Boehringer Ingelheim says new studies underline efficacy of lung disease drug
Boehringer Ingelheim said late-stage trials for its drug to treat chronic lung disease reinstate its efficacy and safety profile.
The company said its Ofev (nintedanib) slowed disease progression in Phase III trials for idiopathic pulmonary fibrosis (IPF).
In addition to slowing of disease progression the drug also reduced lung function decline, the company said in a statement.
Imre Noth, director of the interstitial lung disease program at the University of Chicago, said: “Ongoing analyses of the Phase III Inpulsis trials along with real-world data provide additional support for the safety and efficacy of treatment with Ofev. As slowing disease progression is an important treatment goal, these data provide support for the benefit to IPF patients regardless of disease severity.”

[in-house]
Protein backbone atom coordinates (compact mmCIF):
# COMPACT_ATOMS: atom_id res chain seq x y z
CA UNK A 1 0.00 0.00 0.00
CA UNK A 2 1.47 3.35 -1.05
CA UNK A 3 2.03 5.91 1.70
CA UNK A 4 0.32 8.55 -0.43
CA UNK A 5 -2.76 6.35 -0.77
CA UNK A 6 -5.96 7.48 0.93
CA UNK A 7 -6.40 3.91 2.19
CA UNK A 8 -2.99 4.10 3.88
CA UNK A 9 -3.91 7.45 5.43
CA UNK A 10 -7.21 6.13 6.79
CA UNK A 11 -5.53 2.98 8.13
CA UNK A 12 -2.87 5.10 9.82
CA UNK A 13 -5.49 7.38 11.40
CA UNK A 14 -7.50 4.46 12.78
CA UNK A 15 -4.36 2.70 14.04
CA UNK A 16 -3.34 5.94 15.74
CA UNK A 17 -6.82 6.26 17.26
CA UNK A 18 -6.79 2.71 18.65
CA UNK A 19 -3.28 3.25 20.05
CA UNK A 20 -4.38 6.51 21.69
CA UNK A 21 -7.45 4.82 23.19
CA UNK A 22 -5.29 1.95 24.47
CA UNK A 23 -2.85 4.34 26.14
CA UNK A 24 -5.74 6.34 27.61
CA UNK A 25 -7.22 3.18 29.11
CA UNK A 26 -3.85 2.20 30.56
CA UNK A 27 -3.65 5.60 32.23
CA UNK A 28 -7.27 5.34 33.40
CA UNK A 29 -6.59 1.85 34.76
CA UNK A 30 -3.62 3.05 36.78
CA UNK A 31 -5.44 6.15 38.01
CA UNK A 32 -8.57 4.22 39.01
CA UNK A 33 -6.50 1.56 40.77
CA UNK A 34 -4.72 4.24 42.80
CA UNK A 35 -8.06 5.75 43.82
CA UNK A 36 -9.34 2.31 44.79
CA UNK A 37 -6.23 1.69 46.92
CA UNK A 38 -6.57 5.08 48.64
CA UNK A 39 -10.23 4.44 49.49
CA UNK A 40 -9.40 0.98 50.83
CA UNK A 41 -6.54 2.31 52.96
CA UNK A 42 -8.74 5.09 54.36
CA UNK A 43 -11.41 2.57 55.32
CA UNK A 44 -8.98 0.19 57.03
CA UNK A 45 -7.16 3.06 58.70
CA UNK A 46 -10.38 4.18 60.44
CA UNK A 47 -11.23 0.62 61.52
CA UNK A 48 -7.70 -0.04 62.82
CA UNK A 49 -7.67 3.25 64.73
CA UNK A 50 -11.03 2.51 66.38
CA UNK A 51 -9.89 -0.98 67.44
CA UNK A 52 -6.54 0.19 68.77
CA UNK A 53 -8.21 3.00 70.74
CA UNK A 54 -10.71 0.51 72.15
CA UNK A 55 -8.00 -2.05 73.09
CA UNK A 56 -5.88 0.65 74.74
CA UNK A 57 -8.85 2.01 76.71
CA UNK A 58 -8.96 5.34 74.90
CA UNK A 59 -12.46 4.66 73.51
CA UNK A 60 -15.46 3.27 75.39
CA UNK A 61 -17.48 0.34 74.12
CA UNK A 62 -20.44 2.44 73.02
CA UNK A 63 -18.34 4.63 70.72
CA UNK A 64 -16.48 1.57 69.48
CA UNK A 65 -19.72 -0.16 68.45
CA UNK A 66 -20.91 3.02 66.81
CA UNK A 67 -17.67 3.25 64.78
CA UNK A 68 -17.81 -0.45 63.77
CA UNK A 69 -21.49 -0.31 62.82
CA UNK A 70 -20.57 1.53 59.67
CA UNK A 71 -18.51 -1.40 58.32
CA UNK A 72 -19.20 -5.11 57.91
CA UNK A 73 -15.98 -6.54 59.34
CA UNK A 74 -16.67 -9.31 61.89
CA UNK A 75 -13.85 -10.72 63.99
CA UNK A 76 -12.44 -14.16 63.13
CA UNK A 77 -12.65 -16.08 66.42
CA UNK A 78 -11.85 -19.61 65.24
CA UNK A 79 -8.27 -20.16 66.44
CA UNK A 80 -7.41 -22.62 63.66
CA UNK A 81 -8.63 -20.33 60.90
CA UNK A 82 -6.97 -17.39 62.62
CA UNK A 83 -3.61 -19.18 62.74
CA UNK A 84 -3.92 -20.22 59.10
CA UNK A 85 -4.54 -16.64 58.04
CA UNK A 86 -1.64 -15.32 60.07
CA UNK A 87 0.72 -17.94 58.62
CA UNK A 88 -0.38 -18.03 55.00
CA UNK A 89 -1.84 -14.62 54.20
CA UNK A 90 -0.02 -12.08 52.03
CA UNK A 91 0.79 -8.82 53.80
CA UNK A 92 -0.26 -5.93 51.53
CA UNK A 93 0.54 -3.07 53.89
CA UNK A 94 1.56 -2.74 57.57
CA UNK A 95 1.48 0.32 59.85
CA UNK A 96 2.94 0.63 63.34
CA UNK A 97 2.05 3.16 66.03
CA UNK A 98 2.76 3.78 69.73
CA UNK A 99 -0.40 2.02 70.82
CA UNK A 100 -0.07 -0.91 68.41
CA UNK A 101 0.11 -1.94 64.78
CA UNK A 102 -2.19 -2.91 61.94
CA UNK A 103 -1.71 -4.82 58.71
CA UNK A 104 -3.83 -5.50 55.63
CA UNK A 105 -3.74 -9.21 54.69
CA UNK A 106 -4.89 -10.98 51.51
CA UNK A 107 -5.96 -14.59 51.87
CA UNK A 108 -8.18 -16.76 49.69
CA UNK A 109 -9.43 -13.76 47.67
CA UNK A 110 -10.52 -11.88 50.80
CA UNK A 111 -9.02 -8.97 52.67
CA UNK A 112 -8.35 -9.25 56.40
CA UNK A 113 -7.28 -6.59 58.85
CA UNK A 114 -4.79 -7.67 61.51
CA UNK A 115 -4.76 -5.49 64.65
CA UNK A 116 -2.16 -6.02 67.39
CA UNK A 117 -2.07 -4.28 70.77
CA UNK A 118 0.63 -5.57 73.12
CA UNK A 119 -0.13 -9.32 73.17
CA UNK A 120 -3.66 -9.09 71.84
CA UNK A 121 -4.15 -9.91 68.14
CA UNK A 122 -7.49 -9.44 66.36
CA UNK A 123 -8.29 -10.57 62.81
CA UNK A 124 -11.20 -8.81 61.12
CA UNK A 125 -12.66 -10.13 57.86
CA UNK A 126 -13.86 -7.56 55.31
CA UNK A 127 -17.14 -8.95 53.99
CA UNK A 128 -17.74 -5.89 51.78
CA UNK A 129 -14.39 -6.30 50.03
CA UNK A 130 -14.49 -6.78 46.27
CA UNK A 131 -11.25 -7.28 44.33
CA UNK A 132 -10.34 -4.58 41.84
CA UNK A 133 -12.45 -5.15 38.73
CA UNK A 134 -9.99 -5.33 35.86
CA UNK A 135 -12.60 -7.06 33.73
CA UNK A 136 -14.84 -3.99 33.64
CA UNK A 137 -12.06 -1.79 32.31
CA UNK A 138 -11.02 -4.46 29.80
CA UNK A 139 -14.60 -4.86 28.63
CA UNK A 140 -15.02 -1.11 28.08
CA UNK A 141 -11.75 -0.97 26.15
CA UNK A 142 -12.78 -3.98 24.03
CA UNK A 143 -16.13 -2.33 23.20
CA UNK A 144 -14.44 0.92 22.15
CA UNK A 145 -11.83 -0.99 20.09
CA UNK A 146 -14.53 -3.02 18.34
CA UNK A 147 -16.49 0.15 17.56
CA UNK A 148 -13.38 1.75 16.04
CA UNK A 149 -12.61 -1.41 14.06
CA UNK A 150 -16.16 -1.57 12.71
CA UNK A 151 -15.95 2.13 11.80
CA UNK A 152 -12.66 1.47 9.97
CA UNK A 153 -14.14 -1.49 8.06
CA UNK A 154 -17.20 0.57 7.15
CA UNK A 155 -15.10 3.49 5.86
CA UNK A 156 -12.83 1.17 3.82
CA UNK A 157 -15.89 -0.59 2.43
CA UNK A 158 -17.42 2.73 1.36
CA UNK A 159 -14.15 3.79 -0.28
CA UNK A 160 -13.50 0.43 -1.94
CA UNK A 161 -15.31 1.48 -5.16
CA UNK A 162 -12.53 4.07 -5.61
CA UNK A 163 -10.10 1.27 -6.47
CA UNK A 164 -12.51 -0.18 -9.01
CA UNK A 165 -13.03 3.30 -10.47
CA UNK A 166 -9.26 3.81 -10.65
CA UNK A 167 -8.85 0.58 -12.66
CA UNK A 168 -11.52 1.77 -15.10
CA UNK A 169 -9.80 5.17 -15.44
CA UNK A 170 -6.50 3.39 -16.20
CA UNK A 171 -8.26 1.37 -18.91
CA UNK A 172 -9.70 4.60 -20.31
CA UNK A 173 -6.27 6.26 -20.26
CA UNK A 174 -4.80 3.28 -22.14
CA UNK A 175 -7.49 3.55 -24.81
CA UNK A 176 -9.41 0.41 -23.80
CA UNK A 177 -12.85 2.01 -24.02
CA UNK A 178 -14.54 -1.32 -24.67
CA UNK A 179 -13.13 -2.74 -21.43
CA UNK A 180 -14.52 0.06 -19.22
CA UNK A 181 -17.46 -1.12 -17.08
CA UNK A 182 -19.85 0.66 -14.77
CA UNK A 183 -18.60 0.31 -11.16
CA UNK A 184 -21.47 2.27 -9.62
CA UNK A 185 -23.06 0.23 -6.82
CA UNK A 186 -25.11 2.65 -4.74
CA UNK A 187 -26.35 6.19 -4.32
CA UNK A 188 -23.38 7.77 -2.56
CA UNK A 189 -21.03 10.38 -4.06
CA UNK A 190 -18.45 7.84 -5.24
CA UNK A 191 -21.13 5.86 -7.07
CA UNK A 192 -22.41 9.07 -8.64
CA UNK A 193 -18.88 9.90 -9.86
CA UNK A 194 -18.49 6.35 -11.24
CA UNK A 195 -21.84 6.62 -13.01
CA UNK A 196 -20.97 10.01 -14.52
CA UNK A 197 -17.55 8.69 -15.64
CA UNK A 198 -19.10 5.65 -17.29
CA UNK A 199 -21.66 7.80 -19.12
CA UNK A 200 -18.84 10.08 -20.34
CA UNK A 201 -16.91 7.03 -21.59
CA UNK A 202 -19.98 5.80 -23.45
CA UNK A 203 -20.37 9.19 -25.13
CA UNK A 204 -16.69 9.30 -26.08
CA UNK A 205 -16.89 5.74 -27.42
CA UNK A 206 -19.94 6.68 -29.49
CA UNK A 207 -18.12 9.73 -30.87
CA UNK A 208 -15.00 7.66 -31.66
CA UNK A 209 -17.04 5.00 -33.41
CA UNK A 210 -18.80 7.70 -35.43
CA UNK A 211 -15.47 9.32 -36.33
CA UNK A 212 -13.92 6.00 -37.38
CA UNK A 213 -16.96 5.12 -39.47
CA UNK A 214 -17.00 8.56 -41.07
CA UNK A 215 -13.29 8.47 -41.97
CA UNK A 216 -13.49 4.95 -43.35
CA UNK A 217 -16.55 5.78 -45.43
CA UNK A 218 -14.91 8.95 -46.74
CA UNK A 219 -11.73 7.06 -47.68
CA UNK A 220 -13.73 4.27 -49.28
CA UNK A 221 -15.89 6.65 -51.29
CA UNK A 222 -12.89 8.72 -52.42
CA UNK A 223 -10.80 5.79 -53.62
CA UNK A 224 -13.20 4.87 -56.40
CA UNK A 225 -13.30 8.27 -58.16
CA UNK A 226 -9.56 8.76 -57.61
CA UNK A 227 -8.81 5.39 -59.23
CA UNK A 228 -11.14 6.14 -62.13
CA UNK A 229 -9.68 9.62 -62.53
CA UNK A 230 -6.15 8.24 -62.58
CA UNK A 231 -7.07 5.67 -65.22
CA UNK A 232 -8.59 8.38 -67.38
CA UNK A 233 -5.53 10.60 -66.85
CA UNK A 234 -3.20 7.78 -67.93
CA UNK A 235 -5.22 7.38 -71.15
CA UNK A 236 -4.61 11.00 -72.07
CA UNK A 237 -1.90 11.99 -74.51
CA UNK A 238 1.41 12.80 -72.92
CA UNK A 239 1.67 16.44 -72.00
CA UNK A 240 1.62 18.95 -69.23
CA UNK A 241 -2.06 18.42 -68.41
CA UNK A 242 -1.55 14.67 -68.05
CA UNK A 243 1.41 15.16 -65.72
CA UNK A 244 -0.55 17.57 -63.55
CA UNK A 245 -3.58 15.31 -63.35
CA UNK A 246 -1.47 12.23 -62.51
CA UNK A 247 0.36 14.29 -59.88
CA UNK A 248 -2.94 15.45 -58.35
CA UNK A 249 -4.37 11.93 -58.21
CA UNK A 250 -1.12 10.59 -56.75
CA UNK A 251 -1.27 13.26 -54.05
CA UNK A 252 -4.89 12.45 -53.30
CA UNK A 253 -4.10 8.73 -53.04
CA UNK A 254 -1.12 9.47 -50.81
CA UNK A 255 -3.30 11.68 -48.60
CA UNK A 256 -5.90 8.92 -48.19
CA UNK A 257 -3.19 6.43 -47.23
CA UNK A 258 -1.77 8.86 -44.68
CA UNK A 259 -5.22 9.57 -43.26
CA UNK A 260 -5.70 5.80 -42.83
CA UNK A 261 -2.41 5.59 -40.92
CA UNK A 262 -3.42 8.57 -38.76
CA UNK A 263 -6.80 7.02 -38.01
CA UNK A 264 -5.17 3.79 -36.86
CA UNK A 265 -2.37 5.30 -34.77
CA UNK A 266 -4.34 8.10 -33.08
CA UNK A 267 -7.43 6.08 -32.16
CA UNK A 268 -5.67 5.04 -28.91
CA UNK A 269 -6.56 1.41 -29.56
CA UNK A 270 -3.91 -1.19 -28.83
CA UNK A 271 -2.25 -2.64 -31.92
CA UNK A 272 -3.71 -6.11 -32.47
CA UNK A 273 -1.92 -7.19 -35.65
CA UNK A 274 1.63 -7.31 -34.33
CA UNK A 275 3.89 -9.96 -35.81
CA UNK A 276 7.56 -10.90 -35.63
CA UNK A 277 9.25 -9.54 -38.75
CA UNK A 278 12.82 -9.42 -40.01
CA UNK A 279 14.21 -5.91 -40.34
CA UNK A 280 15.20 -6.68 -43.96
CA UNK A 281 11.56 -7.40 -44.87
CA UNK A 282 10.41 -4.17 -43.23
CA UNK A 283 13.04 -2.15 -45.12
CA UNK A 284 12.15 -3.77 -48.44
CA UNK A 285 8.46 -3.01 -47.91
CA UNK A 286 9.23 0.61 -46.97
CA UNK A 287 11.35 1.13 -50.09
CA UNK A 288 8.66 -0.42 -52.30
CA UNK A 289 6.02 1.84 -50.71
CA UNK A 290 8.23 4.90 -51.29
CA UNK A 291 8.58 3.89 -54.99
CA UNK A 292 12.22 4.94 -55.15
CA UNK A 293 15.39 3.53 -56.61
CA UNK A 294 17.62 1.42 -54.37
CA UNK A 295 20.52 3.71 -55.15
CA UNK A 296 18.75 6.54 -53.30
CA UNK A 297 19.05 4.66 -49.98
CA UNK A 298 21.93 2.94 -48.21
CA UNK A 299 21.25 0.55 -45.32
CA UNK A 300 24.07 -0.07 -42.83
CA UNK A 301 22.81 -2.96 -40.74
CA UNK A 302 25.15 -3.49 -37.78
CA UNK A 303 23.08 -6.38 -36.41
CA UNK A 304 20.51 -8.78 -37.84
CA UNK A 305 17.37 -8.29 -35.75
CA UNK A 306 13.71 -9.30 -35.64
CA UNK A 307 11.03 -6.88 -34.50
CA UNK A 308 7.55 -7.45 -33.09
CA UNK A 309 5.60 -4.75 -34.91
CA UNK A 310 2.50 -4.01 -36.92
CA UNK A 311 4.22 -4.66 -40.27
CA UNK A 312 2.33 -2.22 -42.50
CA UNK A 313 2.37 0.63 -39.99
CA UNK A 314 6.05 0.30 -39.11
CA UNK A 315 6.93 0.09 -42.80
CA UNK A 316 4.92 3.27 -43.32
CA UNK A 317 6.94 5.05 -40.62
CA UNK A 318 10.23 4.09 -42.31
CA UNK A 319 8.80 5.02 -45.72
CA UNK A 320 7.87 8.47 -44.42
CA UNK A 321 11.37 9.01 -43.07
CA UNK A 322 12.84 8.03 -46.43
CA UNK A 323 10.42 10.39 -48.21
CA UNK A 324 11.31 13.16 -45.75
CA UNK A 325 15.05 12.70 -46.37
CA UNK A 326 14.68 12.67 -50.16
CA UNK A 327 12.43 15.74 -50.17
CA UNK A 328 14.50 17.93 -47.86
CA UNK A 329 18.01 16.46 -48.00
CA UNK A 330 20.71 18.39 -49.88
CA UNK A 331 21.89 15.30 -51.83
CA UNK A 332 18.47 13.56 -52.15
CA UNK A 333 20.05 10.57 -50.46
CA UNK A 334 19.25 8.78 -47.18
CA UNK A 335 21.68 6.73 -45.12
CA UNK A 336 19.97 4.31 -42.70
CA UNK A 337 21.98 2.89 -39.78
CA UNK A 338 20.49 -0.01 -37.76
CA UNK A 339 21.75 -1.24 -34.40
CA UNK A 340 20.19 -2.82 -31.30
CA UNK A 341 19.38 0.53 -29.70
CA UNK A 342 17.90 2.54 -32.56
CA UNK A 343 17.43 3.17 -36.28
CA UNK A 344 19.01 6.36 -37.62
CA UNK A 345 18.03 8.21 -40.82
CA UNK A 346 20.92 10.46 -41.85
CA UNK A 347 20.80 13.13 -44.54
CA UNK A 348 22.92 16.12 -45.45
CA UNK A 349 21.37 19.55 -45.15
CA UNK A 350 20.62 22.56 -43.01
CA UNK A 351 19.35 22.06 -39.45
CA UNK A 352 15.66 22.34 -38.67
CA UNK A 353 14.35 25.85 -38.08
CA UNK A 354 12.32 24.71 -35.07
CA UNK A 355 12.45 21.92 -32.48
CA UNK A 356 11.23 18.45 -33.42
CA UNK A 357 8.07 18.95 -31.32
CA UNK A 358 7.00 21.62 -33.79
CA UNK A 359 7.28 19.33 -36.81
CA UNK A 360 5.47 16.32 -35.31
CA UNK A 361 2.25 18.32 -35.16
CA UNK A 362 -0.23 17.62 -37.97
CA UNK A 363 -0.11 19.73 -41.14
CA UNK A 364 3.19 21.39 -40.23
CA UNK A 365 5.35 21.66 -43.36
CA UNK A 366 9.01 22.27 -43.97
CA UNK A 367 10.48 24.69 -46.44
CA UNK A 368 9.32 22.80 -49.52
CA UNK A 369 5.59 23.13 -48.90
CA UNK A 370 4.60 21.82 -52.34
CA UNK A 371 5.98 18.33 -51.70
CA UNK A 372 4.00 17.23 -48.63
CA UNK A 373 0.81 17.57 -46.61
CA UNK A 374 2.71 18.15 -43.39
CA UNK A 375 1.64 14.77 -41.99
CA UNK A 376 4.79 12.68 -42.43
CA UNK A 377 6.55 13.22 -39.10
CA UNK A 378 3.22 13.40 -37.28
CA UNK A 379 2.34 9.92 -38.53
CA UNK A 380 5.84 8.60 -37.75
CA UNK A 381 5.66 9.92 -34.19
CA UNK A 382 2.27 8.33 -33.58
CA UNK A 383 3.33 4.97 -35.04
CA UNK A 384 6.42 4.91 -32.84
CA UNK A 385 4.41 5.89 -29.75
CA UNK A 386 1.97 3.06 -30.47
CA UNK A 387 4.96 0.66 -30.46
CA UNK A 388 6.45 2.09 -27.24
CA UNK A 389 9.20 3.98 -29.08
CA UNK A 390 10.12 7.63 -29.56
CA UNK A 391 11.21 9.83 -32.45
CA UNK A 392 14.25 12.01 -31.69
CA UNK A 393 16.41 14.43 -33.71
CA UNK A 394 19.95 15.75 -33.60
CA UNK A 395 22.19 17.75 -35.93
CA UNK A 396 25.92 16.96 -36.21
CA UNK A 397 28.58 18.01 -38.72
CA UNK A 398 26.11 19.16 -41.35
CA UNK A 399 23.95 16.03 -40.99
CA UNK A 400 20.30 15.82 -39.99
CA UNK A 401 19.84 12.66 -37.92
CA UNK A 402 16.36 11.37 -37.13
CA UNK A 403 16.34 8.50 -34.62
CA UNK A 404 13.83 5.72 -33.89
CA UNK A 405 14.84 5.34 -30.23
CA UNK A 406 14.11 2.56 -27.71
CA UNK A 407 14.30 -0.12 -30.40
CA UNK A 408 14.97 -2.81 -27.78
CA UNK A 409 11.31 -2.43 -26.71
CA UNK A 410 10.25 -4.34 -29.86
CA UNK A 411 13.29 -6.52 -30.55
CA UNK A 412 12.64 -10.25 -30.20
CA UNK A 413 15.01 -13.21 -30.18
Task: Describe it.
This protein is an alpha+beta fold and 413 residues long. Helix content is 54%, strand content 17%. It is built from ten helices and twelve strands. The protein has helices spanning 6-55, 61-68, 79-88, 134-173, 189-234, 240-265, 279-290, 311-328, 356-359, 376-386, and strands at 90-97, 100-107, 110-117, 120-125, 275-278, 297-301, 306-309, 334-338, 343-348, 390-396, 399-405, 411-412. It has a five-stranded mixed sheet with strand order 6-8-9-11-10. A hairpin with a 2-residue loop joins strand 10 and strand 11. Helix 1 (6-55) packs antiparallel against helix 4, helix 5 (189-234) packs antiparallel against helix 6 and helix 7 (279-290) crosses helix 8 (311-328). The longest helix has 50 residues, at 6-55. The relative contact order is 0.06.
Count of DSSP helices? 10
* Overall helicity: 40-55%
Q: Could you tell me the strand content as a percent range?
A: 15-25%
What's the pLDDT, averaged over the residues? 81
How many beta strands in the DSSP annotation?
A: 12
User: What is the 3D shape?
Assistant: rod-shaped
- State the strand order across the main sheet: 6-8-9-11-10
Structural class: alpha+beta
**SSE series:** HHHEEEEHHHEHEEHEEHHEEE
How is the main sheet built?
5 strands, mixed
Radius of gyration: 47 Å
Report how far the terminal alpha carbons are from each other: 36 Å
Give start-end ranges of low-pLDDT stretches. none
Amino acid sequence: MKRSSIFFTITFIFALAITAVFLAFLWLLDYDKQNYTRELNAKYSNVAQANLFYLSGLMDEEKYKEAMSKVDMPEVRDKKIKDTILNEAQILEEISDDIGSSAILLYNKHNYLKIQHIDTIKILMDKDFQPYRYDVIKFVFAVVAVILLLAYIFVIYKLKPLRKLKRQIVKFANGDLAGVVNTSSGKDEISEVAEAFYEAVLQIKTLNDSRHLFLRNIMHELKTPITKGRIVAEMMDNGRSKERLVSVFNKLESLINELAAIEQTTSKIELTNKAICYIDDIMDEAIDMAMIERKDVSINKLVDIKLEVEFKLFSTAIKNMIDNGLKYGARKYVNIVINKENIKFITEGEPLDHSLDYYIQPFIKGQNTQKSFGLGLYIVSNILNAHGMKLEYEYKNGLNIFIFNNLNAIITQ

IPF is a debilitating and fatal lung disease with high mortality, affecting as many as 3 million people worldwide. Progression of IPF is variable and unpredictable, and over time the lung function of an IPF patient gradually and irreversibly declines. IPF causes permanent scarring or fibrosis of the lung, difficulty breathing and decreases the amount of oxygen the lungs can supply to major organs of the body.
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